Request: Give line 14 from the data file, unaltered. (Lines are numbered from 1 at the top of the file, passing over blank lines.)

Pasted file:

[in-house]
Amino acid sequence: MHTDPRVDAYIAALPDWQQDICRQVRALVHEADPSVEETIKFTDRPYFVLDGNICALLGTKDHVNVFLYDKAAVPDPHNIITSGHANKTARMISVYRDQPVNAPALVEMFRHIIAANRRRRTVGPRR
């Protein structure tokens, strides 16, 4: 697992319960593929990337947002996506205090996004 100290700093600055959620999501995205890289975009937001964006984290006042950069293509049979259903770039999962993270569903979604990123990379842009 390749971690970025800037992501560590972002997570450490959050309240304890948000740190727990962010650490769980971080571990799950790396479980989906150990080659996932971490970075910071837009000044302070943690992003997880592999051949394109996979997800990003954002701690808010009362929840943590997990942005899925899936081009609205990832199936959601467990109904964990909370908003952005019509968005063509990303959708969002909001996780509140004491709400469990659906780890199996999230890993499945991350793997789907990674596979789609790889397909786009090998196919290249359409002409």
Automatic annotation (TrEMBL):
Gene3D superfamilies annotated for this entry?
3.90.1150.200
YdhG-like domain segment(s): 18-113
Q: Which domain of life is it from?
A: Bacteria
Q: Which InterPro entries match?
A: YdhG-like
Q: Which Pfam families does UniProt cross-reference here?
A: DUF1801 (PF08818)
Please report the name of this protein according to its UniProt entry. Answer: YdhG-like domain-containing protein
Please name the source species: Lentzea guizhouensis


Please report the name of this protein according to its UniProt entry. Answer: YdhG-like domain-containing protein